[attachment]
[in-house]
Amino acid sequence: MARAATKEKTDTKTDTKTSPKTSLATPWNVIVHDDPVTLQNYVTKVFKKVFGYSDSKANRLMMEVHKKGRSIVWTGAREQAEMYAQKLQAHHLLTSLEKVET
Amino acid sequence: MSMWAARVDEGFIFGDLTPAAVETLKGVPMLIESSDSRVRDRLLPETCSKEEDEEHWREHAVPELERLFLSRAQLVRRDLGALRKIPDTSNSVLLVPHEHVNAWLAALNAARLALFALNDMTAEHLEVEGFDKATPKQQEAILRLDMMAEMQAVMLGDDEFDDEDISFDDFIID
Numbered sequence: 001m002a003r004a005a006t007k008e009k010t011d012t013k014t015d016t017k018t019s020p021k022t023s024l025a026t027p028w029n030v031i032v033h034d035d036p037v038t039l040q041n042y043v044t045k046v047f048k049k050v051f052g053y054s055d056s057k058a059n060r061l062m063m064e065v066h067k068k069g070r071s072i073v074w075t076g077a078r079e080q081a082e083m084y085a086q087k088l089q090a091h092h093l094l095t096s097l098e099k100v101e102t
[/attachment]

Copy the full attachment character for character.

[in-house]
Amino acid sequence: MARAATKEKTDTKTDTKTSPKTSLATPWNVIVHDDPVTLQNYVTKVFKKVFGYSDSKANRLMMEVHKKGRSIVWTGAREQAEMYAQKLQAHHLLTSLEKVET
Amino acid sequence: MSMWAARVDEGFIFGDLTPAAVETLKGVPMLIESSDSRVRDRLLPETCSKEEDEEHWREHAVPELERLFLSRAQLVRRDLGALRKIPDTSNSVLLVPHEHVNAWLAALNAARLALFALNDMTAEHLEVEGFDKATPKQQEAILRLDMMAEMQAVMLGDDEFDDEDISFDDFIID
Numbered sequence: 001m002a003r004a005a006t007k008e009k010t011d012t013k014t015d016t017k018t019s020p021k022t023s024l025a026t027p028w029n030v031i032v033h034d035d036p037v038t039l040q041n042y043v044t045k046v047f048k049k050v051f052g053y054s055d056s057k058a059n060r061l062m063m064e065v066h067k068k069g070r071s072i073v074w075t076g077a078r079e080q081a082e083m084y085a086q087k088l089q090a091h092h093l094l095t096s097l098e099k100v101e102t